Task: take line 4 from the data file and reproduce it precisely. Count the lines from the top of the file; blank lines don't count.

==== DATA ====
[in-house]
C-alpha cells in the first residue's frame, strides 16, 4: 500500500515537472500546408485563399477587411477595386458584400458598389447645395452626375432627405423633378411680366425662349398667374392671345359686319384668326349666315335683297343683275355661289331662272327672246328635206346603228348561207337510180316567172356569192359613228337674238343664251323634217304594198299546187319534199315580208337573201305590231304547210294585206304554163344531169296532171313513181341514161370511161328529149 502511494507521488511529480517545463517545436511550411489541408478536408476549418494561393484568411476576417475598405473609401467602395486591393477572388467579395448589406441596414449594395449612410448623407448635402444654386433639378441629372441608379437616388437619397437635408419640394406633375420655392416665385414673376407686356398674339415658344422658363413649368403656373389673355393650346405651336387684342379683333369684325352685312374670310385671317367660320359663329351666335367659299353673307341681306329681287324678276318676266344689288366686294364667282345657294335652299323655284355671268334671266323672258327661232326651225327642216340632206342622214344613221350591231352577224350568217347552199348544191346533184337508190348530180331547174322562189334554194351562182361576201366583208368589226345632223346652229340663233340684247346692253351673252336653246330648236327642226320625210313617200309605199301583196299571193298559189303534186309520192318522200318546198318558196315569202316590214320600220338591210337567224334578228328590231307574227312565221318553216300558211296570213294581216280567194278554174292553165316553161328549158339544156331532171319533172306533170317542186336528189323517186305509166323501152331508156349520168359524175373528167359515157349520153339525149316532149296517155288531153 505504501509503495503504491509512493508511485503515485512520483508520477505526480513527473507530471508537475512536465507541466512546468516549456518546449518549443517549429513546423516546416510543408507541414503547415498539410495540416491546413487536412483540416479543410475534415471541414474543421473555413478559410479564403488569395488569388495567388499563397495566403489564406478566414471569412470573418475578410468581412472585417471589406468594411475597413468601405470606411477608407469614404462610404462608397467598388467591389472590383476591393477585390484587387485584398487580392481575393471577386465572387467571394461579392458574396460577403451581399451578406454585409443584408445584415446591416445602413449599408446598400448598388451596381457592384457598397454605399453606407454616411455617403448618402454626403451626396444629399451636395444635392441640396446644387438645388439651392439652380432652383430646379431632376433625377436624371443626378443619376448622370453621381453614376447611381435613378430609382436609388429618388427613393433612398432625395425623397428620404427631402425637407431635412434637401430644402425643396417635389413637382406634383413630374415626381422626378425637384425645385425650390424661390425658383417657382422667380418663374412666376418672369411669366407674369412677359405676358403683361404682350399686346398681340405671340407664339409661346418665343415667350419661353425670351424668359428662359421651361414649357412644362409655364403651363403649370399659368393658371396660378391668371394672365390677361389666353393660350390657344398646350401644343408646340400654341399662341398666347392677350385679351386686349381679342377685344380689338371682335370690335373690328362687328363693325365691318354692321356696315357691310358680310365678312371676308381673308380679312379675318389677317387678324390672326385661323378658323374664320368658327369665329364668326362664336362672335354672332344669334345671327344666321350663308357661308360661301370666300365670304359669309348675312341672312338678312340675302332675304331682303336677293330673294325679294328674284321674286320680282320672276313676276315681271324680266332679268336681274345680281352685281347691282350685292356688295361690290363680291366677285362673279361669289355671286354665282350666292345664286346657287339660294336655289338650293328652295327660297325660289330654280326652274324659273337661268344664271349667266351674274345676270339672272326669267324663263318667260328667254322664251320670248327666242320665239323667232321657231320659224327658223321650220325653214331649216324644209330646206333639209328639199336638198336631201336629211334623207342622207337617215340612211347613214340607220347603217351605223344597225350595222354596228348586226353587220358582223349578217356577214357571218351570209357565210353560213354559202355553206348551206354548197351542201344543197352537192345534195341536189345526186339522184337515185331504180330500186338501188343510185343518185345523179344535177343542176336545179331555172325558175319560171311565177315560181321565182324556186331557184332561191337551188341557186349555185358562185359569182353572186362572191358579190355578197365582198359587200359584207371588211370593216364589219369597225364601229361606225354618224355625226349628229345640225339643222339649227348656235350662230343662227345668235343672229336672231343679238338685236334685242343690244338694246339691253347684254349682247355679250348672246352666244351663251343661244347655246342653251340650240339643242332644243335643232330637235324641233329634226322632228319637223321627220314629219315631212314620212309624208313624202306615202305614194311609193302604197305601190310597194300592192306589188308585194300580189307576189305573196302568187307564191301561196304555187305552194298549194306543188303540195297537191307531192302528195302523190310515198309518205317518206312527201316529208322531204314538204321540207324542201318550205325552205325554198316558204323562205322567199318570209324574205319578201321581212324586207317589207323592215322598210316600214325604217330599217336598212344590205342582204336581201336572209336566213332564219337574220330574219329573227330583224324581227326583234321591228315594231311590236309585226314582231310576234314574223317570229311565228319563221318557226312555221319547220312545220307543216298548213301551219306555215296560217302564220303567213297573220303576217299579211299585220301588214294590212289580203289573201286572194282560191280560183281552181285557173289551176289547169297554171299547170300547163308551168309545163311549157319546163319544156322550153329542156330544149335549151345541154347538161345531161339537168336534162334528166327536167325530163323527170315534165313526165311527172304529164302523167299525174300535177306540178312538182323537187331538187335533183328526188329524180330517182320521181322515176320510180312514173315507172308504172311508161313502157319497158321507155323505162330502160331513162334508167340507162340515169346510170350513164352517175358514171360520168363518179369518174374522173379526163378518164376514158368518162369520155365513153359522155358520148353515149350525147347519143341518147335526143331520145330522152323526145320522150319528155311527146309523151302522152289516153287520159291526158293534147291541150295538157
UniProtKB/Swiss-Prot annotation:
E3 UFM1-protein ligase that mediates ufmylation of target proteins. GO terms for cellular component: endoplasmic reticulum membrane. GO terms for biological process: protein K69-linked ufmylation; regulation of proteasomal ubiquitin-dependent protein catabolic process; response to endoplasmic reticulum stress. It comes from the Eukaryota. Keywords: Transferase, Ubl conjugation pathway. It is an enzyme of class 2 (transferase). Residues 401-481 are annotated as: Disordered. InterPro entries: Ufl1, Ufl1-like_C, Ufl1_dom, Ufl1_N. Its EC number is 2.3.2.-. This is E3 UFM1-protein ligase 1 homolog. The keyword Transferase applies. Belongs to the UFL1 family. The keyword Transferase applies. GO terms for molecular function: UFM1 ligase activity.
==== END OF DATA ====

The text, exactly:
E3 UFM1-protein ligase that mediates ufmylation of target proteins. GO terms for cellular component: endoplasmic reticulum membrane. GO terms for biological process: protein K69-linked ufmylation; regulation of proteasomal ubiquitin-dependent protein catabolic process; response to endoplasmic reticulum stress. It comes from the Eukaryota. Keywords: Transferase, Ubl conjugation pathway. It is an enzyme of class 2 (transferase). Residues 401-481 are annotated as: Disordered. InterPro entries: Ufl1, Ufl1-like_C, Ufl1_dom, Ufl1_N. Its EC number is 2.3.2.-. This is E3 UFM1-protein ligase 1 homolog. The keyword Transferase applies. Belongs to the UFL1 family. The keyword Transferase applies. GO terms for molecular function: UFM1 ligase activity.